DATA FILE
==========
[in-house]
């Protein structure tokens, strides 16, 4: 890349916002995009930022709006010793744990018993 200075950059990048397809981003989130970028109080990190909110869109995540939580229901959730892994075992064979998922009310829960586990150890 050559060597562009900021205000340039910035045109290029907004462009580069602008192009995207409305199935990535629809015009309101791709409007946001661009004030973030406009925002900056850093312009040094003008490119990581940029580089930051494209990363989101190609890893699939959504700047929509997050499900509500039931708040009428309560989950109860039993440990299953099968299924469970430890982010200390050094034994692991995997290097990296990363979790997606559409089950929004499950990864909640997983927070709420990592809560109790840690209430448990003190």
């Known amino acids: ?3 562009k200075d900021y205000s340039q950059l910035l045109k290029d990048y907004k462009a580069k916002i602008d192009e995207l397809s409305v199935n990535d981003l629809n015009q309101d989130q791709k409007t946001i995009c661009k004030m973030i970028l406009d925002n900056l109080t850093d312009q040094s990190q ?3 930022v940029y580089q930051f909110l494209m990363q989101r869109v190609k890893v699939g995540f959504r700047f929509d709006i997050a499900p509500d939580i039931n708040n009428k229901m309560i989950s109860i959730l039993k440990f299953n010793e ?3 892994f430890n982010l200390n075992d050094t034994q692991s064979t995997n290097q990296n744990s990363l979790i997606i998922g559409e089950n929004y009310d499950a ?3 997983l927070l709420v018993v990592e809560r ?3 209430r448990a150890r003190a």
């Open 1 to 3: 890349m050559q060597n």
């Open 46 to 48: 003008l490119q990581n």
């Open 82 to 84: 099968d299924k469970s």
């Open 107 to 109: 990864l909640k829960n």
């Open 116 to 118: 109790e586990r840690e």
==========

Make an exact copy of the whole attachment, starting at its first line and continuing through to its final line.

[in-house]
């Protein structure tokens, strides 16, 4: 890349916002995009930022709006010793744990018993 200075950059990048397809981003989130970028109080990190909110869109995540939580229901959730892994075992064979998922009310829960586990150890 050559060597562009900021205000340039910035045109290029907004462009580069602008192009995207409305199935990535629809015009309101791709409007946001661009004030973030406009925002900056850093312009040094003008490119990581940029580089930051494209990363989101190609890893699939959504700047929509997050499900509500039931708040009428309560989950109860039993440990299953099968299924469970430890982010200390050094034994692991995997290097990296990363979790997606559409089950929004499950990864909640997983927070709420990592809560109790840690209430448990003190």
């Known amino acids: ?3 562009k200075d900021y205000s340039q950059l910035l045109k290029d990048y907004k462009a580069k916002i602008d192009e995207l397809s409305v199935n990535d981003l629809n015009q309101d989130q791709k409007t946001i995009c661009k004030m973030i970028l406009d925002n900056l109080t850093d312009q040094s990190q ?3 930022v940029y580089q930051f909110l494209m990363q989101r869109v190609k890893v699939g995540f959504r700047f929509d709006i997050a499900p509500d939580i039931n708040n009428k229901m309560i989950s109860i959730l039993k440990f299953n010793e ?3 892994f430890n982010l200390n075992d050094t034994q692991s064979t995997n290097q990296n744990s990363l979790i997606i998922g559409e089950n929004y009310d499950a ?3 997983l927070l709420v018993v990592e809560r ?3 209430r448990a150890r003190a």
């Open 1 to 3: 890349m050559q060597n």
């Open 46 to 48: 003008l490119q990581n």
């Open 82 to 84: 099968d299924k469970s």
């Open 107 to 109: 990864l909640k829960n």
């Open 116 to 118: 109790e586990r840690e």